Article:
I was in there every day with him on 'Stuck On You' and I learned a lot about editing. I know those guys were paid but when I worked for John G. Avildsen. I worked for free and he went on to do 'Rocky'. I identified him as a talented editor and I definitely learned a lot from him. I worked for free and then when he got a job he brought me on.

How do you think the internet has changed the film industry as a whole - the way films are made and marketed these days?

I think it's changed it to enable the 'Make your own damn movie' reader to set up their own websites and market their own moves. You can make movies now for £2,000, for £1000, for £500. So you don’t have to sell too many DVDs over the internet, so I think there are now thousands of film makers selling their movies over the internet, which I think is a huge advance. I mean Troma does it - look at the site, look at the store, there's a shit load of movies. Not to mention that we're selling on Amazon, we’re selling on Netflix, we’re all over the internet selling movies - I think that's a big, big change.

How does Troma use the web?

One major aspect of it for Troma is that it enables us to communicate with our fans. We just opened 'Poultrygeist' in Texas and we did not spend one cent on advertising because we only had one theatre in Austin and one theatre in Houston, big cities in the states; in any case we opened in both cities two weeks ago, with no advertising, but by using the internet and our website. Friday night was sold out and we beat 'The Golden Compass' in that theatre and we beat 'Mist' in that cinema - they have 15 screens. We were the number one screen. All thanks to the internet - our fans knew about the screenings from our website.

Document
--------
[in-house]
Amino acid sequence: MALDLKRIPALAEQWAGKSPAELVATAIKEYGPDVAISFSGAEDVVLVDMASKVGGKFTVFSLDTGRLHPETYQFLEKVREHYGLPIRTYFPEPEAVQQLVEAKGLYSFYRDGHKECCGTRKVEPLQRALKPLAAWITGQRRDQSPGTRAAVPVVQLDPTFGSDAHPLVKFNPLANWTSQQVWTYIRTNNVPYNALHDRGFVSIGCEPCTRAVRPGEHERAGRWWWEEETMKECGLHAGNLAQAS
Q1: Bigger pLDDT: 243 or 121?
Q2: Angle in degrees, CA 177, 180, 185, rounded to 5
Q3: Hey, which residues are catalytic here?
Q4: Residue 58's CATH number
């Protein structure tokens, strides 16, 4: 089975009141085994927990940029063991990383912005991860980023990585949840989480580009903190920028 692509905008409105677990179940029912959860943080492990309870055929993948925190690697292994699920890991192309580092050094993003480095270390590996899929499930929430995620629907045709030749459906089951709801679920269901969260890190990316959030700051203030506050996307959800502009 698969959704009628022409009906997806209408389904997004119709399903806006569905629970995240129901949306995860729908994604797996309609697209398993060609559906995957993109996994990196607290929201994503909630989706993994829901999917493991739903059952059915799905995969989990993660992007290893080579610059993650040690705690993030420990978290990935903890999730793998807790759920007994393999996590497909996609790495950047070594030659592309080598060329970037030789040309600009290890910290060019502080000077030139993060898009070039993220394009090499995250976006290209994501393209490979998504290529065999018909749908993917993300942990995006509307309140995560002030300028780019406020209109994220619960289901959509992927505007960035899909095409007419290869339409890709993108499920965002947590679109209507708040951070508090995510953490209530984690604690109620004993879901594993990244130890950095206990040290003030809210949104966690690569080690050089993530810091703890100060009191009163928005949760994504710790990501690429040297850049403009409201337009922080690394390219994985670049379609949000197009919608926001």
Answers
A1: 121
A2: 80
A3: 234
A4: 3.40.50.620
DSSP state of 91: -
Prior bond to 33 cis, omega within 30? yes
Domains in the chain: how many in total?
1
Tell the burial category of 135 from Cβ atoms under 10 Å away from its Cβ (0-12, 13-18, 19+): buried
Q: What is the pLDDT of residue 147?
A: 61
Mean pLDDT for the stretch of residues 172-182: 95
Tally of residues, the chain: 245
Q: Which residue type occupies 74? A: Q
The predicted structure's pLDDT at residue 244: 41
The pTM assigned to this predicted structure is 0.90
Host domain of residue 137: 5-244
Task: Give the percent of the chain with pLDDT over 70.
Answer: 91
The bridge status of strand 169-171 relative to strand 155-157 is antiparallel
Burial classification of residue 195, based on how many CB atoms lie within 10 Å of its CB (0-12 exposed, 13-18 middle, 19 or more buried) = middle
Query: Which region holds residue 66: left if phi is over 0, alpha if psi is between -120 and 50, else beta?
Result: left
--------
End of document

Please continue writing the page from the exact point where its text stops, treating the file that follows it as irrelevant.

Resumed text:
It's all about viral marketing these days. It's down to good communication - we can talk to them, they can talk to us. That's why it's very important that net neutrality remain because otherwise if you're going to have to dig in through 35 screens to find the Troma website how bad is that going to be. And if you do find it and the quality is not as good as, say Time Warner's website, or the BBC's website, that's going to be terrible.

Do you like gadgets and technology yourself as a person - do you like BlackBerrys, Smartphones, Playstations, things like that?

I have a BlackBerry. I've never cared for games, even pinball. I just don't have the mental concentration. I'm not a game person; I never played games with other kids as a kid. Even Baseball; I love Baseball, but when I go to a Baseball game I don't really concentrate on it, I just like the atmosphere. I mean I've been to Cricket games and I don't even know what's going on. I love it, but only because of the atmosphere. The beautiful field, the ambience of the people, but I just can’t concentrate. I hate playing games though. People want me to play Bridge or to gamble, but I just don't have the ability to focus.

Where do you get your ideas from when it comes to pulling new ideas together for new films?

From newspapers, from real life… For example, with 'The Toxic Avenger' my wife and I went camping a lot and we'd see detritus from MacDonalds in the pristine wilderness. In those days they weren't biodegradable. And then I started reading newsletters about toxic waste and that's how the toxic avenger started.

With 'Poultrygeist' MacDonalds build a store next door to us, at the Troma building, and they were very rude and they put their garbage in front of our door at night and in the morning when we'd come in there'd be garbage all over the place and then we were invaded by hordes of racoon sized rats. So then I started studying about fast food and found that it was a horrible, horrible industry. And Gabe Friedman, whose idea this was to make the movie, he was down in the basement with me cleaning up rat shit.

He'd just been hired, he'd just come out of film school, (he's now worked on a bunch of our movies), and he said 'well, why don't you make a movie about the fast food industry, that would be a good theme for a Troma movie'. And I'd always wanted to do a musical, so I thought what the heck, let's write some songs and then maybe that's what we’d do. And three years later we made the movie.

Have your company ever been affected adversely by IT security breaches by way of Trojans or viruses or malware, etc; has anything like that had a knock on effect as to how the studio operates?

I think the only problem we have is that sometimes - we have our own servers but some how AT &T is involved, the telephone companies are involved, and they screw up sometimes.